LUXEMBOURG — When it comes to oatmeal, consumers are looking for a hot cereal that is more than just hot. Organic, high fiber, lower sugar and weight control are just some of the attributes that are being attached to products meant to warm consumers’ bellies during the winter months.
In the 52 weeks ended Dec. 31, 2017, dollar sales in the hot cereal/oatmeal category totaled $1,302,471,040, up 0.42% from the same period a year ago, while unit sales increased 1.7% to 490,017,408, according to Information Resources, Inc., a Chicago-based market research firm.
Quaker Oats Co., a division of Purchase, N.Y.-based PepsiCo, Inc., continued to flex its muscle in the category. Quaker accounts for nearly 61% of the hot cereal/oatmeal category, and in the 52 weeks ended Dec. 31 experienced a 1.6% uptick in dollar sales, to $788.6 million.
Quaker’s base oatmeal business turned in a solid performance during the year, with dollar sales up 2.6% to $635 million, but perhaps more encouraging for the company was the success of Overnight Oats. Targeted at millennial moms, Overnight Oats are single-serve cups that contain a blend of oats, quinoa and flaxseed that may be soaked in milk or yogurt. Varieties include Blueberry Banana & Vanilla Bliss, Toasted Coconut & Almond Crunch, Orchard Peach Pecan Perfection and Raisin Walnut & Honey Heaven. In the 52 weeks ended Dec. 31, Overnight Oats generated sales of $11.6 million.
The success of Overnight Oats helped offset declines in other hot cereal products for Quaker, including Quaker Weight Control oatmeal, which sustained a 26% decline in dollar sales during 2017, and Quaker High Fiber oatmeal, which fell 20%.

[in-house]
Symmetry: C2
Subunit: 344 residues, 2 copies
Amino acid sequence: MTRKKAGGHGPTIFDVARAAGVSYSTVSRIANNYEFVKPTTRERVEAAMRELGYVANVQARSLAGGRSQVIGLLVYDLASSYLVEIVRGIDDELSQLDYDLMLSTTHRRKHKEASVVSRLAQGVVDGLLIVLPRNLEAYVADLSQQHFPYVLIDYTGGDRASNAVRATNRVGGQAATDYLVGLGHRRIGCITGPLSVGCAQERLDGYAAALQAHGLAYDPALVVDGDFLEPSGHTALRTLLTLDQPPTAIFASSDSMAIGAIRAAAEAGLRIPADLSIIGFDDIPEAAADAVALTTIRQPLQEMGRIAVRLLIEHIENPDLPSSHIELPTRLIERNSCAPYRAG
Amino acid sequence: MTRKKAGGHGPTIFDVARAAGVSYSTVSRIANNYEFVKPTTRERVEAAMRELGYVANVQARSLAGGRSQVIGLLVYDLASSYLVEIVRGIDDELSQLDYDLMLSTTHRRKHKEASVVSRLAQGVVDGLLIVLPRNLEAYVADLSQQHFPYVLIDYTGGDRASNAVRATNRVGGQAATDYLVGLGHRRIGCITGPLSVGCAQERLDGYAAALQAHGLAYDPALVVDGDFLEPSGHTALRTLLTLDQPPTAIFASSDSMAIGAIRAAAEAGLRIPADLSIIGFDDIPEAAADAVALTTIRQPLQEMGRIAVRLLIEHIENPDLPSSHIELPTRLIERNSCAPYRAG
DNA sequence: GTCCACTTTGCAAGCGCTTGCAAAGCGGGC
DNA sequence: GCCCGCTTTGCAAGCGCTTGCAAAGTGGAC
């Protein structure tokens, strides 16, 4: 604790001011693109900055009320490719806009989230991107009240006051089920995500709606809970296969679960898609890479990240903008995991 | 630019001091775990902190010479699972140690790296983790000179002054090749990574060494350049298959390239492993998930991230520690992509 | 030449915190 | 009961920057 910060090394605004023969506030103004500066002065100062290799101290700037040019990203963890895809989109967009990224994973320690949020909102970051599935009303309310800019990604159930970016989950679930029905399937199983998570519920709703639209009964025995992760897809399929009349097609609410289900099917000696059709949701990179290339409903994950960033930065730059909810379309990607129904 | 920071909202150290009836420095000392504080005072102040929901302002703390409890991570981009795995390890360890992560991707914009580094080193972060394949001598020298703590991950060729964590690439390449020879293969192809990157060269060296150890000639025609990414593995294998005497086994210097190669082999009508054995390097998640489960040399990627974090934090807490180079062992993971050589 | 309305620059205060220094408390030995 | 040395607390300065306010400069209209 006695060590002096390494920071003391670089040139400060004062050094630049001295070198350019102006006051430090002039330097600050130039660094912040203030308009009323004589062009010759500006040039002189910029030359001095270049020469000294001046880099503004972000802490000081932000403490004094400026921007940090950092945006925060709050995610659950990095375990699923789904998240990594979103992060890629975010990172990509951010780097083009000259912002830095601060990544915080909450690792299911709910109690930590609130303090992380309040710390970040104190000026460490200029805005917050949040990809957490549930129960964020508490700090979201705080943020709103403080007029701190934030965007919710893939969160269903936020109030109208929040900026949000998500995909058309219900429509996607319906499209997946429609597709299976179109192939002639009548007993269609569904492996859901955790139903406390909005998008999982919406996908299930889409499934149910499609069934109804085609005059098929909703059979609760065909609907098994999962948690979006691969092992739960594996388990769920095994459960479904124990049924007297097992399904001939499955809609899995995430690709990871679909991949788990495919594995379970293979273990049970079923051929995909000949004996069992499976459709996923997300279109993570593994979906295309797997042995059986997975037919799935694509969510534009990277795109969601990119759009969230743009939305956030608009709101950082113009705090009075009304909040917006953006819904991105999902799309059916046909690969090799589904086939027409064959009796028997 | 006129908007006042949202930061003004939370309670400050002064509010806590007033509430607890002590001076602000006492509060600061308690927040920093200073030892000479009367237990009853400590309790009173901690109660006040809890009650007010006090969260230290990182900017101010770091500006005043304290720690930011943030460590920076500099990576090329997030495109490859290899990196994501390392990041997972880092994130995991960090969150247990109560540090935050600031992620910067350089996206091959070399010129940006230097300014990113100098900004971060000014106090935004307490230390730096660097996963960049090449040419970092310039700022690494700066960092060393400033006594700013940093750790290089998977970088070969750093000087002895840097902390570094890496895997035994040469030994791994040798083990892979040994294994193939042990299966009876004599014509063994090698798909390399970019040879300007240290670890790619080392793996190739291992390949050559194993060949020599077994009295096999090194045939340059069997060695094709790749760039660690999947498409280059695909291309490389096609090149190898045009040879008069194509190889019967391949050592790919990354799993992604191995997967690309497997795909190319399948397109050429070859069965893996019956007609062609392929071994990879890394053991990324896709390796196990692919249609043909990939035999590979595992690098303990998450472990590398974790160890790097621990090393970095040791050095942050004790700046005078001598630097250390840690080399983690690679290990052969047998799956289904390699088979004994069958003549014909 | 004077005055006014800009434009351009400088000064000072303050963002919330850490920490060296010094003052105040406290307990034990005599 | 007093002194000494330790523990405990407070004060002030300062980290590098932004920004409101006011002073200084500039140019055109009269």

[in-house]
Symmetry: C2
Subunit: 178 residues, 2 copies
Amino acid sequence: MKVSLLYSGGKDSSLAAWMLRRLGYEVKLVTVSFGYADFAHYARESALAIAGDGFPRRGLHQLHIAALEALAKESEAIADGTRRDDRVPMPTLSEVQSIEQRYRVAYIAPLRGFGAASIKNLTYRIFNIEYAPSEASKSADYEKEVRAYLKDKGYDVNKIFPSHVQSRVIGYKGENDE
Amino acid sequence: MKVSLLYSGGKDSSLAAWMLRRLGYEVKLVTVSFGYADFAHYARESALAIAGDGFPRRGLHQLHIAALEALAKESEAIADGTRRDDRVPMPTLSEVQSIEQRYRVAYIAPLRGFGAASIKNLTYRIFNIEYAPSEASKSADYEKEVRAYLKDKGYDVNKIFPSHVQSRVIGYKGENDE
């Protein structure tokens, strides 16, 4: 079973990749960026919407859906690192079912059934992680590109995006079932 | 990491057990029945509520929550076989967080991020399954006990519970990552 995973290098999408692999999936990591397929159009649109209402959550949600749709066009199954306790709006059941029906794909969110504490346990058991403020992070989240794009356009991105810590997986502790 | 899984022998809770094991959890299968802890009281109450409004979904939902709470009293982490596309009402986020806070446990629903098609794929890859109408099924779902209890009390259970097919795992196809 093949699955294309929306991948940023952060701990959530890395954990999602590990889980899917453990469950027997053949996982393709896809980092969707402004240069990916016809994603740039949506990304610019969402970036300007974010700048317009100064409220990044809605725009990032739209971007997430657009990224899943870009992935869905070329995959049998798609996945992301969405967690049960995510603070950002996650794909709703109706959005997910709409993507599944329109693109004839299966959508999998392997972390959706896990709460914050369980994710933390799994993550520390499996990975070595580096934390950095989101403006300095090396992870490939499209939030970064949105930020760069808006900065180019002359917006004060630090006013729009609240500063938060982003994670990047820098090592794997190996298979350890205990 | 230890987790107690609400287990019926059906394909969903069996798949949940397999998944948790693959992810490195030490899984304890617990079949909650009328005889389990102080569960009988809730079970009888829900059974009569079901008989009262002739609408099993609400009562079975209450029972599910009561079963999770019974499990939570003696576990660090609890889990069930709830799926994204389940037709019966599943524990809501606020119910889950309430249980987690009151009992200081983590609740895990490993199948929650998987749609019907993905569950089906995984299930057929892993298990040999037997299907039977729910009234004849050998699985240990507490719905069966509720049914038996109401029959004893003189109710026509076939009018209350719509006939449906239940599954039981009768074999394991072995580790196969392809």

Elsewhere in the hot cereal/oatmeal category, Bob’s Red Mill Natural Foods, Milwaukie, Ore., had a solid 2017, with dollar sales up 13% to nearly $39.5 million. In October, the company expanded its line of oatmeal cups to include organic options. The new U.S.D.A. certified organic oatmeal cups are made with gluten-free ingredients, including whole grain rolled oats and stone-ground Scottish-style oats, and contain seven grams of protein or more per serving.
“More and more health-conscious folks are looking to add foods with wholesome ingredients to their diets so they can feel good about what they’re eating,” said Bob Moore, founder, president and chief executive officer of Bob’s Red Mill. “They asked, and we listened. Our new organic oatmeal cups make it easy for all people to enjoy our tasty whole grain oatmeal on the go, regardless of special dietary needs.”
Bob’s Red Mill’s organic oatmeal cups retail for $2.79 per cup and are available in four varieties.
Post Holdings, Inc., St. Louis, recorded a 1.4% increase in dollar sales in the 52 weeks ended Dec. 31, led by a 21% increase in Better Oats Raw Pure and Simple oatmeal. The gain helped offset some weakness in the company’s Better Oats Oat Fit (down 11%), Better Oats Oat Revolution (down 5%) and Malt O Meal (down 3.3%) brands.
An interesting oatmeal story is taking place beyond the major manufacturers as well.